We are the leaders we have been looking for

Eddie S. Glaude, 1968-

Book - 2024

"Based on the Du Bois Lectures delivered at Harvard in 2011, We Are the Leaders We Have Been Looking For argues for the importance of self-cultivation in pursuit of justice as a critical feature of Black politics, what Eddie S. Glaude Jr. calls Black democratic perfectionism. Building on the political scientist Adolph Reed's work on 'Black custodial politics' Glaude critiques our impulse to outsource political needs to a professional class of politicians that purportedly represent us. Instead, he affirms the capacities of ordinary people to cultivate a better self and a better world by locating the prophetic and the heroic not in the pulpit but in the pew"--

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2nd Floor New Shelf 323.042/Glaude (NEW SHELF) Due Jun 19, 2024
Cambridge, Massachusetts : Harvard University Press 2024.
Main Author
Eddie S. Glaude, 1968- (author)
Physical Description
168 pages ; 22 cm
Includes bibliographical references and index.
  • A Story
  • Looking Back
  • On Prophecy and Dr. Martin Luther King, Jr.
  • On Heroism and Malcom X
  • On Democracy and Ella Baker
  • A Thicket of Thorns.
Review by Kirkus Book Review

A Princeton professor of African American studies examines "Black democratic perfectionism" and its significance to the ongoing political struggle. Glaude, the author of Begin Again and Democracy in Black, first presented this work at the 2011 Harvard W.E.B. Du Bois Lecture Series. Though he had initially intended them as musings on how the Obama presidency had affected "the form and content of Black political struggle," when revisiting the essays a decade later, he realized that the ideas they expressed had become even more germane in the aftermath of the Trump administration, the pandemic, and the concomitant resurgence of racism and xenophobia. His first essay explores "the role of the prophetic and the heroic in African American democratic life," examining the work of Martin Luther King Jr. within a framework that also includes pragmatist John Dewey. King was no savior, writes the author. Rather, he was a flawed human who followed the stirrings of a powerful moral imagination and acted on ideals that had no guarantee of succeeding in the real world. In the second essay, Glaude turns his attention to Malcolm X. Using the Emersonian idea that society should limit its reliance on heroes, the author suggests that Malcolm X was a "wounded, vulnerable Black man" fighting within a collective for liberation rather than a "shining black prince." The author concludes with an exploration of Student Nonviolent Coordinating Committee organizer Ella Baker's beliefs about leadership. Far from being magical or mythical, the power to enact change is a grassroots phenomenon that comes from individuals becoming "problem-solving agents" and acting collectively as servants of justice. Though they speak directly to tendencies within the ongoing Black political struggle, the wisdom these important essays offer about the true nature of democratic action is equally relevant to all Americans seeking to rebuild a ravaged democracy and its broken institutions. A powerfully eloquent, concise book. Copyright (c) Kirkus Reviews, used with permission.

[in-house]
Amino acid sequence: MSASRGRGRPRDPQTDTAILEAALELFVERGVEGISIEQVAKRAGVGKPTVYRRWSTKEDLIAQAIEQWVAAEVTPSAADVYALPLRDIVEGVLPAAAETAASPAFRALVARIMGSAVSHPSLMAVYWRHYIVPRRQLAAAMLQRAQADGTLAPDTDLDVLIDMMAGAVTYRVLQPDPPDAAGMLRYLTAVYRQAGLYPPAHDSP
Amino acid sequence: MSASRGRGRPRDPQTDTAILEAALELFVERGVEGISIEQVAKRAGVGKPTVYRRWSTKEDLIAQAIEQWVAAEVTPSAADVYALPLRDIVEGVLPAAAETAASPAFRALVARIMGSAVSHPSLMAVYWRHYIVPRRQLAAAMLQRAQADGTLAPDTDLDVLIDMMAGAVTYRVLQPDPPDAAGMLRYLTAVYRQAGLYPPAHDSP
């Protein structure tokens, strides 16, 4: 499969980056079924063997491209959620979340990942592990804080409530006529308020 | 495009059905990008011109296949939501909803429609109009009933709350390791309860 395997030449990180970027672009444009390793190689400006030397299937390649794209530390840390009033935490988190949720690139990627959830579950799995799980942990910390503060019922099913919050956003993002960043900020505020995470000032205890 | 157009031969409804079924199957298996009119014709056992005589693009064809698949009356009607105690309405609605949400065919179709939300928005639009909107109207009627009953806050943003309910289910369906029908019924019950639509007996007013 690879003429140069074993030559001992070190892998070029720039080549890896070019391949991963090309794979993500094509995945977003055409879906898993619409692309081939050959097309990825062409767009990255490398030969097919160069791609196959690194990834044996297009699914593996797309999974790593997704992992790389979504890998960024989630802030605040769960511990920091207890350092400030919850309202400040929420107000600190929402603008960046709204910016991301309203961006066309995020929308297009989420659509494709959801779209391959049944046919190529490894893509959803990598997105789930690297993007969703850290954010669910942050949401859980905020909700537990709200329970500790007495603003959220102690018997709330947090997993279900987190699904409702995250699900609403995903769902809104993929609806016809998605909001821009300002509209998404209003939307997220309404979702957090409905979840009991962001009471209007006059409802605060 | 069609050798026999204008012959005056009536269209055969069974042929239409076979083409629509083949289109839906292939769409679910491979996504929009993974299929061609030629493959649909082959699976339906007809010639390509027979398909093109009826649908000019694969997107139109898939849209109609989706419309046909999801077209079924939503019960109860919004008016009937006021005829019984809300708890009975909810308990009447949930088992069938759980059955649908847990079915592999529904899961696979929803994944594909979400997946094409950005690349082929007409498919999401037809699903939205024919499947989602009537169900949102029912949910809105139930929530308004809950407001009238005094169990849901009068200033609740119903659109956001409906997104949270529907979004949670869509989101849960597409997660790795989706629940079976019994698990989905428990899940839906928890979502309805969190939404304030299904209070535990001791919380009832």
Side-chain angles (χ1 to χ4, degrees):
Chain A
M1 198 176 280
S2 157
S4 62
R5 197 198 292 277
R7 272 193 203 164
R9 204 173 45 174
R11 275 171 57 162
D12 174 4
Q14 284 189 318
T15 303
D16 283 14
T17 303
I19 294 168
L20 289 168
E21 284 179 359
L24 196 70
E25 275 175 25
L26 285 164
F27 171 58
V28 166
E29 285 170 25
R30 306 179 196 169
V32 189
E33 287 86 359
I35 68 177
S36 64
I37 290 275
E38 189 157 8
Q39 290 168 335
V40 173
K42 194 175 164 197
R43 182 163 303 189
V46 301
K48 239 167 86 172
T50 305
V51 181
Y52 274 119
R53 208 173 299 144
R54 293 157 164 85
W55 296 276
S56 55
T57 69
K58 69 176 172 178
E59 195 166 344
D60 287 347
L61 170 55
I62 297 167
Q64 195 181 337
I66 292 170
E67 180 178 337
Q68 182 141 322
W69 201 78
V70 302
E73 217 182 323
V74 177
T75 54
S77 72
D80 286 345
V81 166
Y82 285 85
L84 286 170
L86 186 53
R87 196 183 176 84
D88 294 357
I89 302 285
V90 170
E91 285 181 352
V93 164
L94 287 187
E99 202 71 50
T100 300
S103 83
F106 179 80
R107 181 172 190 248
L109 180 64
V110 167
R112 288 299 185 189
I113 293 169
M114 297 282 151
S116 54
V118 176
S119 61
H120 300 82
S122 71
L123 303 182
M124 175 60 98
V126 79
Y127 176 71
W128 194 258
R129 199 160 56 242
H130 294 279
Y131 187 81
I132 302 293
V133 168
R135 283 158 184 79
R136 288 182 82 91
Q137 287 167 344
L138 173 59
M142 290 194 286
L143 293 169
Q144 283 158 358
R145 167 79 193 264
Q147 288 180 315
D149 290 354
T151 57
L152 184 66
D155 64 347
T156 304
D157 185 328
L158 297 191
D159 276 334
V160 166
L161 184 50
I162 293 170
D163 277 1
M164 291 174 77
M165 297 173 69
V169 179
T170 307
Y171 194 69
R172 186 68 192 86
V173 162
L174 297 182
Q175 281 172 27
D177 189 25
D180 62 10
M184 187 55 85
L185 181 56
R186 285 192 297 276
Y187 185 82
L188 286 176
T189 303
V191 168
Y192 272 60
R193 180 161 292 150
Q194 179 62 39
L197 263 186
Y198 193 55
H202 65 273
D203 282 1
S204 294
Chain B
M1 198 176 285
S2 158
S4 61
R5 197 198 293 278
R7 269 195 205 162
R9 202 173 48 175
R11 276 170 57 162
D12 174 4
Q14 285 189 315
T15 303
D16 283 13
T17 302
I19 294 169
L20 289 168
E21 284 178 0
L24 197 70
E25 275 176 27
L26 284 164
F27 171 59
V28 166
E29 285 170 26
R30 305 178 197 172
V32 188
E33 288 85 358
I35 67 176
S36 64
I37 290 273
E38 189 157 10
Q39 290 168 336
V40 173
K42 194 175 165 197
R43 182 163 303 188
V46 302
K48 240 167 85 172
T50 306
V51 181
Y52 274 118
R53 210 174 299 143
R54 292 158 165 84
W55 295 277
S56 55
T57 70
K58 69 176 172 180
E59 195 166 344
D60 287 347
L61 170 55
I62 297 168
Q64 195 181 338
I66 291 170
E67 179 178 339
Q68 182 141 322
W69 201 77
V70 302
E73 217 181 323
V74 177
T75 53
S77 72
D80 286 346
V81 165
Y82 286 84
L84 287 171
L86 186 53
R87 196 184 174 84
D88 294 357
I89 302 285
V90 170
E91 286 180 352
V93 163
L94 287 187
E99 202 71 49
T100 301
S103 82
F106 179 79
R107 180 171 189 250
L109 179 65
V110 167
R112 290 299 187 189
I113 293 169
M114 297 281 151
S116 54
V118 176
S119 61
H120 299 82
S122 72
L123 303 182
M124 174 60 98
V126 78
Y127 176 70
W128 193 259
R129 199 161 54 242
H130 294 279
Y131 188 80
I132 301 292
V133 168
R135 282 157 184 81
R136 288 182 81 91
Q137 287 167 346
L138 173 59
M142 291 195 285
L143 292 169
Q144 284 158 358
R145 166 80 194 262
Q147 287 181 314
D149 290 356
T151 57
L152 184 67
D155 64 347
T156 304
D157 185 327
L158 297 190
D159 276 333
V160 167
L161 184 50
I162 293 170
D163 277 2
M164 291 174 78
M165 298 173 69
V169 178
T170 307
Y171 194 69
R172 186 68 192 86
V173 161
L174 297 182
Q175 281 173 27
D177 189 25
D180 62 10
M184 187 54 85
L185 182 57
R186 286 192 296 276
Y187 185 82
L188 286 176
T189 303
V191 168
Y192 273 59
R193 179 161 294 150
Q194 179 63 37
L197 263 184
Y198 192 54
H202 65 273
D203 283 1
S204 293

Copyright (c) Kirkus Reviews, used with permission.